Jingle bells…

December 17, 1996

Well, folks, I have some bad news and some good news. The bad news is that yesterday’s supposed good deed has in fact turned out to be a hoax. The good news is that it means my record is still completely free of good deeds, nice things, and other assorted decent acts.

Enjoy this special time-line which traces the development of Christmas from its earliest, most shadowy origins all the way up to the present. Well, almost…perhaps it’s just as well that it leaves off after 1970 because, let’s face it, the present is best enjoyed thirty years after it’s gone.


B.C.

1200: Druids / Vikings celebrate Winter solstice around December 22 as tradition had it, evergreen trees were brought indoors as a symbol of good luck (only tree that kept it’s "leaves" in the cold, winter months); the tree was decorated with dried fruit and candles; holly decorated the house as well, for luck, since it retained it’s leaves and bore it’s fruit in the winter;

274: Romans celebrate feast of Invincible Sun on December 25

4: Christ is born a little early.

A.D.

29: Christ dies

66: Druids and Celts defeated by Romans

336: Pope Julius starts to celebrate Christmas on Dec 25 to counter the pagan celebration of winter solstice

350: the Christmas stocking tradition starts rumor has it, St. Nicholas (Russian bishop) tossed money into window of widower (with 3 daughters) and it fell into a stocking hung by the fire (to dry after washing)

500: Pope Gregory officially declares Dec 25 as Christ’s birth

550: Pope Gregory asks archbishop Augustine to convert pagan customs (of winter solstice celebration) to Christmas yet another way to counter pagan celebrations and win them over to Christianity;

1224: St. Francis of Assisi introduces the CRECHE he placed it in his church so that the Christmas story would be better understood by his people (who were predominantly unable to read); it aroused a new spirit / interest in Christmas

1300: Christmas carols come to England from France

1350: Boxing Day starts (Dec 26) a tradition (still custom in England and Canada) of employers giving money to employees; money, food, clothing to churches for poor; originated in middle ages when an earthenware "alms" box was placed in a church for donations to poor; on Dec 26 the box was shattered – this gave way to the, now, tradition of the (you guessed it) Piggy Bank

1648: Cromwell comes to power and Puritans rule and rule lasts until 1659; however, because Puritans controlled ALL religious matters Christmas was all but outlawed; businesses were required to be open and churches closed; it wasn’t until the 1800’s that Christmas became popular again

1700: Plum pudding becomes popular

18–: the rhyme "The Twelve Days of Christmas" becomes popular in U.S. it got it’s origins from Medieval times and is actually a numerological wit; by the end of the rhyme the person received from his/her true love 364 gifts (one for each day of the year but one – Christmas); the actual 12 days of Christmas was started by the Saxon King (Alfred) who decreed that Christmas should last from Dec 25 to the day of Epiphany (Jan 6, the day the three wise men first saw Christ); during this time, no business was opened and many festivities occurred (gambling – otherwise illegal – was allowed as well)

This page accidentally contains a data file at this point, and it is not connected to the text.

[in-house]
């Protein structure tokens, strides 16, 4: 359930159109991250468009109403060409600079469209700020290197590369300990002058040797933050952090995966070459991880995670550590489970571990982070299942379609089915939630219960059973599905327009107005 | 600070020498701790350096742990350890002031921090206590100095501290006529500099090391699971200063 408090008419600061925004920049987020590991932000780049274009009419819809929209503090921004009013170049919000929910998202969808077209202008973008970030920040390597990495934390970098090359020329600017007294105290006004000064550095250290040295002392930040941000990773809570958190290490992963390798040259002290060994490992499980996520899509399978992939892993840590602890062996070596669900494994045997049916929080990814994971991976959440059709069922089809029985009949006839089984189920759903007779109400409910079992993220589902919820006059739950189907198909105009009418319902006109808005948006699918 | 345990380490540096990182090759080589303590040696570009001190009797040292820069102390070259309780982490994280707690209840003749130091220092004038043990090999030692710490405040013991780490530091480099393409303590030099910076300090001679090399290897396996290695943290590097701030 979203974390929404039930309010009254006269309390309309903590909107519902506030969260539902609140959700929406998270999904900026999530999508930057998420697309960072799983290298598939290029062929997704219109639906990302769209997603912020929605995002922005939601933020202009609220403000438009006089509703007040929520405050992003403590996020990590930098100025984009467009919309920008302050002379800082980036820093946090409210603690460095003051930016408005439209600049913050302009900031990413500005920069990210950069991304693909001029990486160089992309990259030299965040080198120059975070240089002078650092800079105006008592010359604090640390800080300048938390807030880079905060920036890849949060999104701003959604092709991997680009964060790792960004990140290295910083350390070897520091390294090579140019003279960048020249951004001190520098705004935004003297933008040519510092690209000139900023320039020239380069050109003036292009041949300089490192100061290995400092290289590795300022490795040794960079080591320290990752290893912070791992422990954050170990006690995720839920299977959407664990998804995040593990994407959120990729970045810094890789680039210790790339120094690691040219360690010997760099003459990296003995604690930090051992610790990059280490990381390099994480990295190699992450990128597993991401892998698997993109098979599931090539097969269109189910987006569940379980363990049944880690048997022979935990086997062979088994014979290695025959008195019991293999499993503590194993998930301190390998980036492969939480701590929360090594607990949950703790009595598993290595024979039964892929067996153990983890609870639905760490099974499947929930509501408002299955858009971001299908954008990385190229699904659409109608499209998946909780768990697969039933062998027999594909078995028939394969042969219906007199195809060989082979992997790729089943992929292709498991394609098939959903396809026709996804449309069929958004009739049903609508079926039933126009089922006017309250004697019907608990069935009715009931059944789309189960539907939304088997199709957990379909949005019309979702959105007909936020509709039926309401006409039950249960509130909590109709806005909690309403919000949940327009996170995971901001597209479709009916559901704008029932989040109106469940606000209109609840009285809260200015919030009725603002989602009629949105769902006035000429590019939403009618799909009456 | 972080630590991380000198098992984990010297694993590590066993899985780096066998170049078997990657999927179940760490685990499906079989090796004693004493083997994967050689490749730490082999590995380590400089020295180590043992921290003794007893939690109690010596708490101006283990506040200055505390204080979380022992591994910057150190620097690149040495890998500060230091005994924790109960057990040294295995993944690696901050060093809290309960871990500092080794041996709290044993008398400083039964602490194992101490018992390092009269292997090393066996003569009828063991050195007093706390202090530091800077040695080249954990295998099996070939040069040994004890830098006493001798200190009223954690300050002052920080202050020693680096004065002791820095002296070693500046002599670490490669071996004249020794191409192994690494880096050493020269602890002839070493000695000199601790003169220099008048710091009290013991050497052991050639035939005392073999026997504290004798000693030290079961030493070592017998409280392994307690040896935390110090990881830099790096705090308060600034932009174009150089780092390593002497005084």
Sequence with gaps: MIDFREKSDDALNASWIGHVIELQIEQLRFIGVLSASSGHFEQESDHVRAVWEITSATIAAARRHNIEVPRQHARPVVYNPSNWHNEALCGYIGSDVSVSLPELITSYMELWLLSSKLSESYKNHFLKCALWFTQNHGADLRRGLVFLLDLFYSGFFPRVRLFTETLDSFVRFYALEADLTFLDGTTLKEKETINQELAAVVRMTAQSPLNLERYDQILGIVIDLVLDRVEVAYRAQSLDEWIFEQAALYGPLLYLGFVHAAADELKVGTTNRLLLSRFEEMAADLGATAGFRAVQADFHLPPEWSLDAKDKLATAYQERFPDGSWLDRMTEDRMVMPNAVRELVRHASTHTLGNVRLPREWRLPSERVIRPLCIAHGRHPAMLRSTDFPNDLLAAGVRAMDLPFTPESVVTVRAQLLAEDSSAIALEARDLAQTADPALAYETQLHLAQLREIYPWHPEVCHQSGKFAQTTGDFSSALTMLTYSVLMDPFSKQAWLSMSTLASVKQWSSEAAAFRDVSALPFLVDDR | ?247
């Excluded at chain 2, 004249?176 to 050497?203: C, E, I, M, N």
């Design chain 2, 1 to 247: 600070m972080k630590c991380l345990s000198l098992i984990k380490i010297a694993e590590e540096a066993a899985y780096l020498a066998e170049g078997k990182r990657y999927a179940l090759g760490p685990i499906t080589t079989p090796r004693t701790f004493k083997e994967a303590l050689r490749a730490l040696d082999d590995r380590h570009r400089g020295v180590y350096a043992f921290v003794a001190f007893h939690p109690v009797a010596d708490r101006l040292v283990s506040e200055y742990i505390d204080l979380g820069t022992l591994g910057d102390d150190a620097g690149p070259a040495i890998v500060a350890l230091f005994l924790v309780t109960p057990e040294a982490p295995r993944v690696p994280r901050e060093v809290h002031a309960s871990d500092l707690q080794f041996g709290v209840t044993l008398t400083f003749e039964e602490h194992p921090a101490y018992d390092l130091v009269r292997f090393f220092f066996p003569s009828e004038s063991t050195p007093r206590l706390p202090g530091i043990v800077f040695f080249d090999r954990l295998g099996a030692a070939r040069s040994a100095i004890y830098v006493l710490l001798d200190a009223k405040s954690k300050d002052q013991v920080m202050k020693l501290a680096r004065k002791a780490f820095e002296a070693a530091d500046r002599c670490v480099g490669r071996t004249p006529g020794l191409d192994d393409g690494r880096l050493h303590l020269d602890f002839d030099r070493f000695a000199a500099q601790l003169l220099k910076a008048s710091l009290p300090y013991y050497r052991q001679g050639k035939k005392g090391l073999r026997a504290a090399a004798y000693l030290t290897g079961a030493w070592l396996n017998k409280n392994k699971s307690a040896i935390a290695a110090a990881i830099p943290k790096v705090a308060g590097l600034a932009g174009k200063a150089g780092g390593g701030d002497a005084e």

1824: Clement Moore writes "A Visit from St. Nick" which starts with: "Twas the night before Christmas. . ." Moore is credited with the myth that Santa rides in a sleigh pulled by eight tiny reindeer (and also for naming them)

1843: Charles Dickens writes "A Christmas Carol"

1843: John Horsley prints the first Christmas card the first year, he only sold 1000

1850: Christmas gifts become tradition

1852: Dr. Joel Poinsette, brings the poinsettia to the U.S. the poinsettia was native to Mexico and became popular because of it’s red/green colors; Dr. Joel Poinsette was the first U.S. ambassador to Mexico and a botanist; he is credited for cultivating the plant here in the U.S.

1880: the Santa Clause myth (but is it?) is firmly established Santa Claus is the American adaptation of St. Nicholas; Santa’s name is derived by the Dutch: Sinter Class; his attributes are also from the Dutch (his red suit’s modeled after their Bishop’s white-fur-trimmed cape and miter)

1892: Tchaikovsky writes the "Nutcracker" ballet

1897: Francis Church writes "Yes Virginia, there is a Santa Clause" as the story goes, Virginia O’Hanlon could not understand why none of her friends believed in Santa Claus (she was 8 years old); her father, an avid reader of the New York Sun, was fond of saying "if it’s in the Sun, it had to be true"; so she wrote the Sun asking if there was a Santa; on September 21, 1897, Francis Churches article appeared; so it has to be true

1898: electric Christmas lights are invented replacing candles;

1906: T. Roosevelt helps make Christmas trees a U.S. crop

1919: Madison Square Garden has a public Christmas tree

1920: red Christmas wreaths become popular

1942: Bing Crosby makes "White Christmas" popular

1949: Gene Autry sings "Rudolph the Red Nose Reindeer"

1952: outside Christmas lights become popular

1955: aluminum Christmas trees become popular

1970: artificial Christmas trees become popular

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